Wise on a birthday party in a world full of surprising fireworks And sudden silence shhh Lying on a strangers bed the new day breaks like a speeding train or an old friend Ever expected but never knocking Holding your own in a battered car all night parties cocktail bars And smile when the butterfly escapes the killing jar Sure eyes awake before the dancing is over wise or naked in secret Oktober Freefall on a windy morning shore nothing but a fading track of footsteps Could prove that you never been there Spoken on a cotton cloud like the sound of gunshot taken by the wind And lost in distant thunder racing on a shining plain And tomorrow you'll be content to watch as the lightning plays along the wires and you'll wonder Sure eyes awake before the dancing is over wise or naked in secret Oktober Sure eyes awake before the dancing is over wise or naked in secret oktober


Pop music has icons, heroes, tragedies, clowns, mistakes, and unforgettable moments. One of the most underrated pop music groups in the brief history of rock 'n roll music is Duran Duran. Scorned by the music press, loved by a devoted fan following, and impossible to compare to any pop music group before or since, Duran Duran's legacy is not clearly understood. I hope to clarify Duran Duran's place in pop music history by looking at Duran Duran from several different perspectives 1) the music press, 2) fan websites, 3) 80's popular culture.


Duran Duran was formed in the late 1970's in England. All of the founding members of Duran Duran grew up with the Beatles, the Rolling Stones, and the glorious excesses of the glam music explosion in the UK during the early 1970's. David Bowie, Roxy Music and Marc Bolan represented rock 'n roll stardom at its flashiest. Not only were these rock 'n roll showmen image conscious but their song lyrics were concerned with art, irony, media, futurism and how surface glamour and contributes to individual alienation. These themes of sex and media are prevelant in Duran Duran's songs. Just listen to Roxy Music's "In Every Dream Home a Heartache" and you can hear in its the same detached sensuality as Duran Duran's "Girls on Film". The visual image of Roxy Music and David Bowie in particular played into Duran Duran's sense of visual presentation. Nick Rhodes' orange hairstyle in the early 80's was an update of Bowie's famous Ziggy Stardust look. Duran Duran's early "military" look was inspired by Bryan Ferry's use of military uniforms during the "Love is the Drug" Roxy Music tour in 1976. Brian Eno of Roxy Music seems to have been a role model for Nick Rhodes who went on to become as flamboyant and accomplished a keyboardist as the befeathered and sequined glam era Eno. Simon le Bon's lyrics also seem to owe a debt to the songwriting style of Marc Bolan. Bolan's fanciful lyrics and poetry conjured up emotions and images but were not the typical "boy meets girl" lyrics of most pop music and the same can be said of le Bon's lyrical style. And finally, John Taylor has said that his original conception of Duran Duran was to combine the punch of the Sex Pistols with the danceable groove of Chic. All in all Duran came pretty close to this combination with a little Roxy Music and Japan thrown in for good measure. Duran Duran did make danceable music, but they were inspired by the "do it yourself" punk ethic, and what the founding members of Duran Duran aspired to be were pop stars like their heroes David Bowie and Bryan Ferry.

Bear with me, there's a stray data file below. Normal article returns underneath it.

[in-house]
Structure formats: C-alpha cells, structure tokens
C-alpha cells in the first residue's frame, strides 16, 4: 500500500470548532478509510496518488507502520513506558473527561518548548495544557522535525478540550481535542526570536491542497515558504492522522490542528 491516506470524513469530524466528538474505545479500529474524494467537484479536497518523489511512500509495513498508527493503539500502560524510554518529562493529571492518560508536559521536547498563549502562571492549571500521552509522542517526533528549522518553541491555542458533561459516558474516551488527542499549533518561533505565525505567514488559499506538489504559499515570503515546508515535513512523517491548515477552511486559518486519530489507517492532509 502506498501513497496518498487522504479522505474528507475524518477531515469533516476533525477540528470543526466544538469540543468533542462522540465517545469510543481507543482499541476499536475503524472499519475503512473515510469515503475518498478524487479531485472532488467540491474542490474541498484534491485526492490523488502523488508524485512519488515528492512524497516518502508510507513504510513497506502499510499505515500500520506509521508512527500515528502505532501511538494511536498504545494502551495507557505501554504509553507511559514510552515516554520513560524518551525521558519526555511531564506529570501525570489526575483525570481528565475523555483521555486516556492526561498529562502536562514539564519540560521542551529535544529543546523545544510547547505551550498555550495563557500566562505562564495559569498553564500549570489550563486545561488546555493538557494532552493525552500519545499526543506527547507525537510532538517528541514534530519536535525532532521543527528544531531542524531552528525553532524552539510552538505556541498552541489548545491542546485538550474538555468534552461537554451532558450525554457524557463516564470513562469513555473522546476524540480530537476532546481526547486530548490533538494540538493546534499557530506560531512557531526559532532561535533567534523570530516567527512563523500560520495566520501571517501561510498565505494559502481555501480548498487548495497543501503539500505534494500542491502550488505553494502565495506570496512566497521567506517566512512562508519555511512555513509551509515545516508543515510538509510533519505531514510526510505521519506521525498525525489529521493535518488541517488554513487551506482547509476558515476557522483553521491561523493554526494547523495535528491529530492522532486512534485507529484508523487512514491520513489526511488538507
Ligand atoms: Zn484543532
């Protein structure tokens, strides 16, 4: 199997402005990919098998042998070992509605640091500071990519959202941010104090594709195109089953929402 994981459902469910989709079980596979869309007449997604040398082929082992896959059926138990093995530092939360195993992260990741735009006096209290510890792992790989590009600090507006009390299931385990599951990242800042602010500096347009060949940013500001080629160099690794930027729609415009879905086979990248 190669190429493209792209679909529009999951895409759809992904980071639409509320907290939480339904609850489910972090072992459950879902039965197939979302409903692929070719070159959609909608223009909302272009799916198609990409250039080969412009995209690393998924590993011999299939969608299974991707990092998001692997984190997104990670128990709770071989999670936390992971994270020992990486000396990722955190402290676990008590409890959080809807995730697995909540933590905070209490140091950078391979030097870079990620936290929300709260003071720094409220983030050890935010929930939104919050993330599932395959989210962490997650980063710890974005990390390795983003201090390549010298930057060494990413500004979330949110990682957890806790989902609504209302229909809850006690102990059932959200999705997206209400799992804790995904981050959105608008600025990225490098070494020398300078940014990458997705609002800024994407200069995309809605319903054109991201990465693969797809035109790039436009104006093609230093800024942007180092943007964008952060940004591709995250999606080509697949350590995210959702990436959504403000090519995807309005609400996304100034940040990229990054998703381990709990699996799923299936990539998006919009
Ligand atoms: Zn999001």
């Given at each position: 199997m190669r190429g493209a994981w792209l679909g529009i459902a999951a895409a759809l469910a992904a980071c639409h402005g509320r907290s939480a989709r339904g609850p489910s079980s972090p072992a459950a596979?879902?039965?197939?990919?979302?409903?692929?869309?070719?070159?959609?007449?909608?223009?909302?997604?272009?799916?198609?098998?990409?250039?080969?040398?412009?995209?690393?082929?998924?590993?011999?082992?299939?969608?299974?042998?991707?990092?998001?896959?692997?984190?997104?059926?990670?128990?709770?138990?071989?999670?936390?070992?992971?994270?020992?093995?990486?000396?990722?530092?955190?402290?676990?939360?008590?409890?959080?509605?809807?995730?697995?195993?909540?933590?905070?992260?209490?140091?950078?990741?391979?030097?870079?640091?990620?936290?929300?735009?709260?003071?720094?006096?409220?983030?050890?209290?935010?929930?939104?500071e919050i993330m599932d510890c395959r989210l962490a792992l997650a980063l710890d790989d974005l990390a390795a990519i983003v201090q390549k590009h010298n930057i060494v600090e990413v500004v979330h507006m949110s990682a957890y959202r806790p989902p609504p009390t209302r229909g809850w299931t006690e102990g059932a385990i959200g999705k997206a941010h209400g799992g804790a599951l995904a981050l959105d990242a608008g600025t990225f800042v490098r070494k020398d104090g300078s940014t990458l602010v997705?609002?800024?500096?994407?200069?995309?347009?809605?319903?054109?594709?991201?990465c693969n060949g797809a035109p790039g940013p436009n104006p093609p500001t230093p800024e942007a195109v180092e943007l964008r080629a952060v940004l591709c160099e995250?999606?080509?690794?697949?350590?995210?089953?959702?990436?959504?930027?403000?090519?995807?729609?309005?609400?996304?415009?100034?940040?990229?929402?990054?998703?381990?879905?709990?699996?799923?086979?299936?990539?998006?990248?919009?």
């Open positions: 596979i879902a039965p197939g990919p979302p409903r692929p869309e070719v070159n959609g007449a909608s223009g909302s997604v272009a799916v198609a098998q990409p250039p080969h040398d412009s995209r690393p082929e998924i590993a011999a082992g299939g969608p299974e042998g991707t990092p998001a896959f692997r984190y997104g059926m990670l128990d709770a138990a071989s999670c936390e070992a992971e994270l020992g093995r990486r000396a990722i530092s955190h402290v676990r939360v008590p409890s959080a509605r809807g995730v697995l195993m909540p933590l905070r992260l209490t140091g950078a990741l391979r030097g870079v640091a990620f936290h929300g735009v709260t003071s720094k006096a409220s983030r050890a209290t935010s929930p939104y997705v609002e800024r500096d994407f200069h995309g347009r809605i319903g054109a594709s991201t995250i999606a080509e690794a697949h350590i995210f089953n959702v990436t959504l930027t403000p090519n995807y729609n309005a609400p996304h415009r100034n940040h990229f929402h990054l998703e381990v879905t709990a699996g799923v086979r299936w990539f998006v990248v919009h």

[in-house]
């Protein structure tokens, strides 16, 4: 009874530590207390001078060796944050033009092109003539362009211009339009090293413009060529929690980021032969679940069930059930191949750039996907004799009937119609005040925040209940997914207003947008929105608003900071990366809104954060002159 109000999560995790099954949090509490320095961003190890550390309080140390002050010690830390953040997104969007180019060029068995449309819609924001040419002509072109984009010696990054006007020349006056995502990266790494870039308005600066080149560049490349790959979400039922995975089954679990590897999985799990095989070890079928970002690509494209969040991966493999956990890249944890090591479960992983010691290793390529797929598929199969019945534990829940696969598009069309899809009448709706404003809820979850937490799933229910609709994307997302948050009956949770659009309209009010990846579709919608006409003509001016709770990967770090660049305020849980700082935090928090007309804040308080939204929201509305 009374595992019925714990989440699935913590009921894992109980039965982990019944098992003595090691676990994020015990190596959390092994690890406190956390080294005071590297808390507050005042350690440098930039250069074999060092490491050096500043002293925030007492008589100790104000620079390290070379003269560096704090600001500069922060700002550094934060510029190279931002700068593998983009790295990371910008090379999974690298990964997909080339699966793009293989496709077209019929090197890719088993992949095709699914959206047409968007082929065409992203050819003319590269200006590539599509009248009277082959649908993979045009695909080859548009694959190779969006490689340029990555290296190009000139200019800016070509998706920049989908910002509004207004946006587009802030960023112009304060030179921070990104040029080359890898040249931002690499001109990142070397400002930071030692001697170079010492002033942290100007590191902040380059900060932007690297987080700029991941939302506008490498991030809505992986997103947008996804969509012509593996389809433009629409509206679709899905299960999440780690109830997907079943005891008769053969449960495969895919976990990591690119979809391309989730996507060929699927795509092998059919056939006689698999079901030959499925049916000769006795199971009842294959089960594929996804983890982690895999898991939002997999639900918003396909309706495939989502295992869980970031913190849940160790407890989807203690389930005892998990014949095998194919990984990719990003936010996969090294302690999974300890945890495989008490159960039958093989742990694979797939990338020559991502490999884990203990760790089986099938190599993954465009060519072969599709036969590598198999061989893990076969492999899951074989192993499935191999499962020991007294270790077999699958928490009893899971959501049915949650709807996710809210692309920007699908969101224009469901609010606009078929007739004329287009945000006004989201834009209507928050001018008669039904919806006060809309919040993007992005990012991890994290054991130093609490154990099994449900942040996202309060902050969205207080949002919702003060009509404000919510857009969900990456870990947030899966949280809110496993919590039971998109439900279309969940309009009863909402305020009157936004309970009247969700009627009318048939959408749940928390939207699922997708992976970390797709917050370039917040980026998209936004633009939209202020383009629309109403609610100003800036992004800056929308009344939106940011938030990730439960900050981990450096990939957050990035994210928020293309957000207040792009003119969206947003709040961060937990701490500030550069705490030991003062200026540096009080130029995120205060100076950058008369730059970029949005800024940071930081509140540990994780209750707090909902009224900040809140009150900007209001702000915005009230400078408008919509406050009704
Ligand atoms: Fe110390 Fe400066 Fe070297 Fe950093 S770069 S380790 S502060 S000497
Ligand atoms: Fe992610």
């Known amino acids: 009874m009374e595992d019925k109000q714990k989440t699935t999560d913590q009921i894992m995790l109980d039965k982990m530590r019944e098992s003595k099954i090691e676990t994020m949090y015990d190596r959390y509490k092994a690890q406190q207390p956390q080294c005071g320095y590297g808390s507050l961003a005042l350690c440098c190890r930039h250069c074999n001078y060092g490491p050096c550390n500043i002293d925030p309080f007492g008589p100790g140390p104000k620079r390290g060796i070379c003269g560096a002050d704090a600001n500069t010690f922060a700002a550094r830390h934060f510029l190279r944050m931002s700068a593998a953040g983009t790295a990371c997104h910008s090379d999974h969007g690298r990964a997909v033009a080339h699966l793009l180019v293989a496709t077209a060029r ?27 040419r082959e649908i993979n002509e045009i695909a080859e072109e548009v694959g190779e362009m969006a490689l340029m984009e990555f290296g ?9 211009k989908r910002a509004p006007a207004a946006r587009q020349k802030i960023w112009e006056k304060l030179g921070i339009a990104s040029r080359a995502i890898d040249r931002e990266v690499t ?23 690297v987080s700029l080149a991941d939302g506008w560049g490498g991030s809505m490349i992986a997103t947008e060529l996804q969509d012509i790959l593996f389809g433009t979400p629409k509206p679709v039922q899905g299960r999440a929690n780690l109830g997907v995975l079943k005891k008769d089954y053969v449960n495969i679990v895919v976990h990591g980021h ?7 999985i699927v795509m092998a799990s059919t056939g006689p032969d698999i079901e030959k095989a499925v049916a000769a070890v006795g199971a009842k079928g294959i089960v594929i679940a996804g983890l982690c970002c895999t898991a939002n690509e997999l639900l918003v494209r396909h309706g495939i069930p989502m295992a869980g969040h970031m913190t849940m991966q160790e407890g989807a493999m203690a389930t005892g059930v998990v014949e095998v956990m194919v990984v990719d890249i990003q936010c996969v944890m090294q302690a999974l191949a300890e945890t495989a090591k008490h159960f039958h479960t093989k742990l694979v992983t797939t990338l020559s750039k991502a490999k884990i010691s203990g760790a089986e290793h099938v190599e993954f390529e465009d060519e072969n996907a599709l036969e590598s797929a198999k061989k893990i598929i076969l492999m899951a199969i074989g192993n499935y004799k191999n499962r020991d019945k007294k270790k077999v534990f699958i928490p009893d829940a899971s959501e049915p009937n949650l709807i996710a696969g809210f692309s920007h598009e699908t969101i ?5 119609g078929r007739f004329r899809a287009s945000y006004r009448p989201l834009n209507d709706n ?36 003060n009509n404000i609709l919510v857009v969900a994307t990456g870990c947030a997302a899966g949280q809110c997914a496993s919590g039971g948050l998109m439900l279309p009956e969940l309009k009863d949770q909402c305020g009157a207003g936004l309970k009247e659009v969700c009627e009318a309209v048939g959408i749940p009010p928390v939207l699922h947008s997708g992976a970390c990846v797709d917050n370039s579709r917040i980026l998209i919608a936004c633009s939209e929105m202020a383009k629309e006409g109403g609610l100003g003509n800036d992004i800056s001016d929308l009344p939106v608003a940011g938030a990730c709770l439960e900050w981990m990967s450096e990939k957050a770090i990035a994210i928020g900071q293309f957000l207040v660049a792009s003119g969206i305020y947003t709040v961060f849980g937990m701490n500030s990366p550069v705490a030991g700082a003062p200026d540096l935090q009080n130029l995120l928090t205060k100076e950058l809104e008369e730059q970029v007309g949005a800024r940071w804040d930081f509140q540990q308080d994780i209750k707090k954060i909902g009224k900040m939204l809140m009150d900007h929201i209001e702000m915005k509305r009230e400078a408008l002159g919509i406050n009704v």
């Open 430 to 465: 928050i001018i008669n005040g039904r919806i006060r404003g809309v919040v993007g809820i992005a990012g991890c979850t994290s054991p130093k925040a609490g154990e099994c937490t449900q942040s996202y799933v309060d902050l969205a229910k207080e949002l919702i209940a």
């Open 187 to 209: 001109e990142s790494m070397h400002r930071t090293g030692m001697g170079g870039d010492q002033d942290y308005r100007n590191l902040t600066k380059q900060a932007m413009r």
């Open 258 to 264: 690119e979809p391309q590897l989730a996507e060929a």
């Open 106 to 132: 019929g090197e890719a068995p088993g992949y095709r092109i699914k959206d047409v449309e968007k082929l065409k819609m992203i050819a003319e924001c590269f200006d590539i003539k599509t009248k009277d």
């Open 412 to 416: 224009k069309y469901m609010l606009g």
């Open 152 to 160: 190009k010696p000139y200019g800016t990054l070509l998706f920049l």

Duran Duran's self-titled debut LP has a sound that is at once icy, almost ominous, but is also pop enough to be danceable and infectious. The darkest songs on the album are "Waiting for the Nightboat" - a song examining fears using water imagery, "Friends of Mine" - a song that seems to be about madness, "Tel Aviv" - an eerie soundscape. Still dark but somewhat more upbeat are "Is There Anyone Out There?" - a call for human contact, "Careless Memories" - a tale of love gone wrong. The two successful singles from the album are "Girls on Film" and "Planet Earth". Early singles...